The Bologna book market returns again in October and runs through late November. Best of all,  it runs daily, from 9 a.m. to 7:30 p.m. I love leisurely working my way through stacks and shelves of books, almost as much as I love reading books. I could easily spend a whole morning working my way through the whole market. I can’t wait!

where to buy books Bologna Book Market Fiera del Libro



Shopping at The Garage Bologna

Shopping at The Garage Bologna doesn’t mean buying a new car or car parts. In fact it’s quite the opposite. Yesterday, we went to The Garage, an urban market held at the Dynamo Velostazione. Dynamo is a pretty awesome place on its own, as you can rent and store bicycles or have them repaired and they also organize bike tours. Coming from the Netherlands, it feels natural and familiar. But really, Dynamo is so much more, as it regularly features music, exhibits, performances, has its own lounge area, bar, and free wifi, all in a setting that seems to combine classical with industrial. With bonus bicycles for decoration, of course.

Dynamo entranceThe Garage Bologna Dynamo urban market

The Garage Bologna Dynamo velostazione urban market The Garage Bologna Dynamo velostazione urban market

From what I’ve seen, it looks like yesterday’s edition of The Garage was a one-year celebration. They held the first edition there a year ago today. Inside the fabulous arches, you’ll find all sorts of items on offer, frequently made by the vendor, although there were also some interesting selections of postcards, books, and vintage clothing.

Of the self-made items, some of the pieces that caught my eye were the jewelry made from colored pencils (and their shavings!)  by IngeniumSoul S&V and the beautiful engraved jewelry from Lab.ab. In fact, I was so taken with Lab.ab’s work that I bought one of her rings. G ended up buying a quirky hat from another vendor. Oh, and I also bought an elephant postcard, because I have a thing for elephants these days. It turns out the elephant print was actually a Marimekko print. I should have known. I also seem to gravitate toward all sorts of Marimekko items.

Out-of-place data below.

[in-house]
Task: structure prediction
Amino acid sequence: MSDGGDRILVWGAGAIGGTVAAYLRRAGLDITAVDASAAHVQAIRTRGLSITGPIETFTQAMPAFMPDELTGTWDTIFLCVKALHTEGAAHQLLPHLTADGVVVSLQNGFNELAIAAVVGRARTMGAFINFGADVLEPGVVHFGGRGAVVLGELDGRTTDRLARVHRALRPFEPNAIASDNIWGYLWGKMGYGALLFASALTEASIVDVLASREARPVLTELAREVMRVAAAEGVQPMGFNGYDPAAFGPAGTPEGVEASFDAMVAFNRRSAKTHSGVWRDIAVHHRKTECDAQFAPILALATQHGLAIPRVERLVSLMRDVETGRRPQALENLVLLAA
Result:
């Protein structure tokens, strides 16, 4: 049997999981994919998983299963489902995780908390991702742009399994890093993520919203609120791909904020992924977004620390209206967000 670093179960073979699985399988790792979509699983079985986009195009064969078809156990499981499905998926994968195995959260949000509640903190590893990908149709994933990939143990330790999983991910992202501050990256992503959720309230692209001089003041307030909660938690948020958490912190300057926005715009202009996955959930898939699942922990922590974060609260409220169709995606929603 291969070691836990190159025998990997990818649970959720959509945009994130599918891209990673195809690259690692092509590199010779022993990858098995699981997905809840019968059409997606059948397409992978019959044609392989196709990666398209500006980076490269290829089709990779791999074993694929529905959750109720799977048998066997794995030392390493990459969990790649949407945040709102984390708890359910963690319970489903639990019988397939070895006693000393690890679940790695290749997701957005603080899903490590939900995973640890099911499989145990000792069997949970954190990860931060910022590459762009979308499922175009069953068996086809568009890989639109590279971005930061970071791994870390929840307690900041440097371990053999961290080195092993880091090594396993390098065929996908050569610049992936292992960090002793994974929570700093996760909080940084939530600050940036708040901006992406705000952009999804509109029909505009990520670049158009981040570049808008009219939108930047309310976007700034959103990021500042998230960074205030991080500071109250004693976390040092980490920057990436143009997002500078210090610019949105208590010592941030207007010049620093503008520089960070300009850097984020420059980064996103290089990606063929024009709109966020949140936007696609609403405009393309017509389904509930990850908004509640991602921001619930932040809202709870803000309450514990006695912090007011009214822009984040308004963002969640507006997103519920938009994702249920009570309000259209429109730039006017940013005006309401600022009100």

Labab The Garage Bologna Dynamo urban market

After admiring everything on offer and chatting briefly with one of the Dynamo guys, we decided to enjoy the Sunday sunshine and got a couple of glasses of prosecco from the Velo Cíty Bar and sat outside, admiring some of la scalinata del Pincio (Pincio staircase) and the old walls of the Castelli di Galliera.

The Garage Bologna Dynamo urban market

The Garage Bologna Dynamo urban market prosecco flamingo

The Garage Bologna Dynamo urban market pincio

If you’re going to be visiting in early April and are looking for things to do in Bologna, check out the next edition of The Garage at the same location on Sunday, April 2. I suspect I’ll be back. That colored-pencil jewelry is calling my name.



Finding the Bologna Flower Markets

flower market bologna italy quadrilatero

One of the things I loved about the Netherlands were the flower markets. As well as the big weekly one held every Saturday in Utrecht — in a beautiful setting — there were also always a few stalls set up every day along one of the major canals in the city. The funny thing was that the flower vendors by the canal had big booming voices and sometimes sounded more like the Italian street vendors I’ve seen on TV.  To be honest, a large man yelling in Dutch, even if it is about flowers, can be a bit intimidating! What wasn’t intimidating was the price of the flowers. You could get huge bouquets of tulips for just a few euros and the rest of the flowers and potted trees were equally affordable.